The title is part of the effect in Mario Bava’s erotic masterpiece, the curled whip becomes erect in the scoundrel’s hand. The seaside castle offers passageways behind fireplaces and a stained dagger in a glass case, the sadistic brooder (Christopher Lee) returns to rekindle old traumas. His beloved (Daliah Lavi) has married his brother (Tony Kendall), his father (Gustavo De Nardo) denies him his privileges, the maid (Harriet Medin) wants revenge for what he did to her daughter. Lee’s reunion with Lavi on the beach doesn’t take off until he’s covered her back with welts, later that night the blade finds its way into his throat. The corpse is eulogized under golden candlelight and taken away by crimson-robed monks, a green glow lies beyond the crypt entrance. "You can’t stop the hand of fate," the old servant says, yet a circular pan around Lavi at the piano is followed by a zoom into the window, where Lee stands with a bloodied neck. James, Poe and Brontë are the uncredited poles, Liebestod is all but explicitly called out for the heroine’s trajectory from corseted noblewoman to bedeviled wanton. Hatred is as intense an emotion as love, Lavi learns, as the spirit of the tormenter appears by her bed, riding crop in hand. "Why do you torture me?" "You have always loved violence." The carnal and the spiritual mingle, the film builds to a Munch amalgam (Madonna, Death and Love) and sets it ablaze. Bava presents the perversely liberating romance with a master class in lighting and movement -- each shadow is a different color as the camera tracks through the corridors, in the signature shot Lee’s ravenous leer slides from threatening azure to ecstatic scarlet as he floats toward the delirious maiden. Corman’s gothic thrillers are stylistic comrades, but only Buñuel’s Abismos de Pasión outclasses it for visions of the horror of passion, and the passion of horror. With Ida Galli, Luciano Pigozzi, and Jacques Herlin.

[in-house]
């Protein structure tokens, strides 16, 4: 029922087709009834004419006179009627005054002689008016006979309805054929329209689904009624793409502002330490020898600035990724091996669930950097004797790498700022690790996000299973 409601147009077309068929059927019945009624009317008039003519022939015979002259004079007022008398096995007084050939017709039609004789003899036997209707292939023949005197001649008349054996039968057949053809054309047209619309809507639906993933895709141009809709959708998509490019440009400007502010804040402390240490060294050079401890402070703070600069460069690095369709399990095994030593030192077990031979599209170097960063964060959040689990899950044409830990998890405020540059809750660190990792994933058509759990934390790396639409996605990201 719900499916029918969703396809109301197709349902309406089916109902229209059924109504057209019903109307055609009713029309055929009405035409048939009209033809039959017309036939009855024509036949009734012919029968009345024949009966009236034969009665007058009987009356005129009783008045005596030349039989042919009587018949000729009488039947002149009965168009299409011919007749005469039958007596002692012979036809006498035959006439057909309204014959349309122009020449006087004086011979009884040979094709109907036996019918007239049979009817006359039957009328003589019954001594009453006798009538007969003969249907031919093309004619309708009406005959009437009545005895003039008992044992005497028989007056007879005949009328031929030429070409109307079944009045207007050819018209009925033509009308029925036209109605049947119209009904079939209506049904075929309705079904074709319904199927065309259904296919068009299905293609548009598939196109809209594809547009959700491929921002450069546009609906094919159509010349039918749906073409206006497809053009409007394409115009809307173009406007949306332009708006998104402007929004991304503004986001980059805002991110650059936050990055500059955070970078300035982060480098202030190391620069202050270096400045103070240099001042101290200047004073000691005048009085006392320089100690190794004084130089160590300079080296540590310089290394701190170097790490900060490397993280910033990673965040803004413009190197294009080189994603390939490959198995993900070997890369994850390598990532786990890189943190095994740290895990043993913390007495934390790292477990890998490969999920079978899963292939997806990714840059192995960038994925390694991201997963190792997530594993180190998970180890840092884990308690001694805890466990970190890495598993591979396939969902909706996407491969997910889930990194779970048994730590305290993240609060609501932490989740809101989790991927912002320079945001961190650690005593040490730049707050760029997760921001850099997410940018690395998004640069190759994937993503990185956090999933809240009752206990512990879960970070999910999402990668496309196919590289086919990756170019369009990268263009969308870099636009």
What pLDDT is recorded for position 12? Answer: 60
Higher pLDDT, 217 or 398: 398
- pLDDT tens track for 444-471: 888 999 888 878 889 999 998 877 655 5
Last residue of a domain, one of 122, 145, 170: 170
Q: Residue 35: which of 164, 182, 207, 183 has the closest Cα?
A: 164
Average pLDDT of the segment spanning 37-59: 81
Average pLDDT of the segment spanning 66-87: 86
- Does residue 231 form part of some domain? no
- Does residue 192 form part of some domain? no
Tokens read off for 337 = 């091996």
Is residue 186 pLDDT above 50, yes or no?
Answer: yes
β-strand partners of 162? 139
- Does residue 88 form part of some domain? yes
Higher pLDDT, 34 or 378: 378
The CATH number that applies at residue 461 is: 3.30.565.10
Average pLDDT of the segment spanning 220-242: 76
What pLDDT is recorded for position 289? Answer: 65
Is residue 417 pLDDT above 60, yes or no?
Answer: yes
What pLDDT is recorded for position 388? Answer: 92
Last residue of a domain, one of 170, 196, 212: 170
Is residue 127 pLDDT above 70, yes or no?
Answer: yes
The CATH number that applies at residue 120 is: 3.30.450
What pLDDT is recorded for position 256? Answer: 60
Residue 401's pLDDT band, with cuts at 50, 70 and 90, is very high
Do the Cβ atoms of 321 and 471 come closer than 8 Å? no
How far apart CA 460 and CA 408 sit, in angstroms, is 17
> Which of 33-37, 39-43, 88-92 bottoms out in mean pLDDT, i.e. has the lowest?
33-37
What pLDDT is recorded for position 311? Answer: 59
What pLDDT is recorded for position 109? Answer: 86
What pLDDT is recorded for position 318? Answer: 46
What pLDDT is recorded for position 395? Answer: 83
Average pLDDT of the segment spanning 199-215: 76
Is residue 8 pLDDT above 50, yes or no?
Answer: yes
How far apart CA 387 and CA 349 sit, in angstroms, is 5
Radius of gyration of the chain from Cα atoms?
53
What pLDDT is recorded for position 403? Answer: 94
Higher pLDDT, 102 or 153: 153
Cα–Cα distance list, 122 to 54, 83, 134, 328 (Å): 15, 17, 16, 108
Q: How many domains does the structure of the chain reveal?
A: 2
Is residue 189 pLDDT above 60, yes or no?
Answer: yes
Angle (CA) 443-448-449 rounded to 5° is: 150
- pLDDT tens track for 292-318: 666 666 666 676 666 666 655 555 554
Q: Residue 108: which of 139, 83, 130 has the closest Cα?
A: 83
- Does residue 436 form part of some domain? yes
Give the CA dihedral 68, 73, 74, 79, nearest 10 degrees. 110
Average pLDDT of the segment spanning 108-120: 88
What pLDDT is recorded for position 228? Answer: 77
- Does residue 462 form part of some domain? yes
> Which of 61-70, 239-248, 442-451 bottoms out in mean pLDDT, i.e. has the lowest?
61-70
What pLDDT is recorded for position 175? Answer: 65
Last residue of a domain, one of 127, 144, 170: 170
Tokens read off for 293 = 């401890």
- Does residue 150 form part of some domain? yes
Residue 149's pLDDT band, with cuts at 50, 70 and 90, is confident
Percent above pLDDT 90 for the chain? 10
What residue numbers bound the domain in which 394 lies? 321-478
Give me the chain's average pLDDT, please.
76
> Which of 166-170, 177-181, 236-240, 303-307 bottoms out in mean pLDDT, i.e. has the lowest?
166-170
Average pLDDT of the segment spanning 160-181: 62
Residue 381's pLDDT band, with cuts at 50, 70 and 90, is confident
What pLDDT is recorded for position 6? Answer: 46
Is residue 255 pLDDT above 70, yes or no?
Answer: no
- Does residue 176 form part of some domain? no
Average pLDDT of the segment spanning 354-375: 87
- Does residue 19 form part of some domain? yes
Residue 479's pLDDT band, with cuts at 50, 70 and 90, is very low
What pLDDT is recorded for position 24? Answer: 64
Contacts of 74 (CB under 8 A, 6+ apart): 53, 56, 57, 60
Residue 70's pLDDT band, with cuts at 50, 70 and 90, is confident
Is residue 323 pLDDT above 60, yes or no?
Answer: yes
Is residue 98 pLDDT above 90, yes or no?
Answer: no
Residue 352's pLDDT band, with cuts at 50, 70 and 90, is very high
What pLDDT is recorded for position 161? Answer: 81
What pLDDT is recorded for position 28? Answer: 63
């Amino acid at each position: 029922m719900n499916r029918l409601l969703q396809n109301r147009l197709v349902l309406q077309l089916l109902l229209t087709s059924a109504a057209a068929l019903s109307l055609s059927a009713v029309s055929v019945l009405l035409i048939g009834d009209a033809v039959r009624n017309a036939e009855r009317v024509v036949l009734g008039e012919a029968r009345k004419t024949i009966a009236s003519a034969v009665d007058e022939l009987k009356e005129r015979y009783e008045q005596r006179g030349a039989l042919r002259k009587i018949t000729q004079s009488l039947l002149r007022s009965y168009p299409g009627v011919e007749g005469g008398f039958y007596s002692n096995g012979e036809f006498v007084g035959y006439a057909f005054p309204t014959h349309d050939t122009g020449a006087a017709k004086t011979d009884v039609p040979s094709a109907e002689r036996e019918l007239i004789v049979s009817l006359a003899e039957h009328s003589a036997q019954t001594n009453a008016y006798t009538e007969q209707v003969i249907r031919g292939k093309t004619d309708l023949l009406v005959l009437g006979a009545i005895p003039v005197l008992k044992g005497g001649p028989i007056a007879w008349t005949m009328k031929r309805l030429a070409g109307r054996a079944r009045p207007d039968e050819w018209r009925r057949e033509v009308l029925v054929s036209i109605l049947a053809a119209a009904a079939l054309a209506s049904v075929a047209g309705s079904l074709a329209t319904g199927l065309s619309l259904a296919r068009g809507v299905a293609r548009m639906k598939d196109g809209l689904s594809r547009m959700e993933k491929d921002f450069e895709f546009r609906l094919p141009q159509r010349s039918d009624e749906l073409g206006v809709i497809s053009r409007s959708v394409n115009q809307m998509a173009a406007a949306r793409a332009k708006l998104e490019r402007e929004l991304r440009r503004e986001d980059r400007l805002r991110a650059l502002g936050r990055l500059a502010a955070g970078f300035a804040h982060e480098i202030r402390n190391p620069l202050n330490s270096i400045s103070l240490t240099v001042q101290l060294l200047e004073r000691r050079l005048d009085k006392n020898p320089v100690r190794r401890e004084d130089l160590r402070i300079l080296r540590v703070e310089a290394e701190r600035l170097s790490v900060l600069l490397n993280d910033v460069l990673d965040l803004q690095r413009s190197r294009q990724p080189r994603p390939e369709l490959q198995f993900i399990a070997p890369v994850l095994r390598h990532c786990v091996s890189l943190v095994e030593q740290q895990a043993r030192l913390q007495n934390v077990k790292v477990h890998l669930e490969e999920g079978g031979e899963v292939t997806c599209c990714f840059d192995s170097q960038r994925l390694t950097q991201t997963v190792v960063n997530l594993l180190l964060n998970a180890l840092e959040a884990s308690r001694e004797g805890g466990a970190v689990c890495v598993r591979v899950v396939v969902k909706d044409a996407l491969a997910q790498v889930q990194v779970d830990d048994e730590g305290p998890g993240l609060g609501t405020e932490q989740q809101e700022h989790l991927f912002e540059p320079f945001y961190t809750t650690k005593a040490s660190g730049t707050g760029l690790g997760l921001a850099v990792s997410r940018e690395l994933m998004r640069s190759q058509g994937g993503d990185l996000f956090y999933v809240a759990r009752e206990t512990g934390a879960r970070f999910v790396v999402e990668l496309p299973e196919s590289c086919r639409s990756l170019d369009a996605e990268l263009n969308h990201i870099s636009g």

--- Fernando F. Croce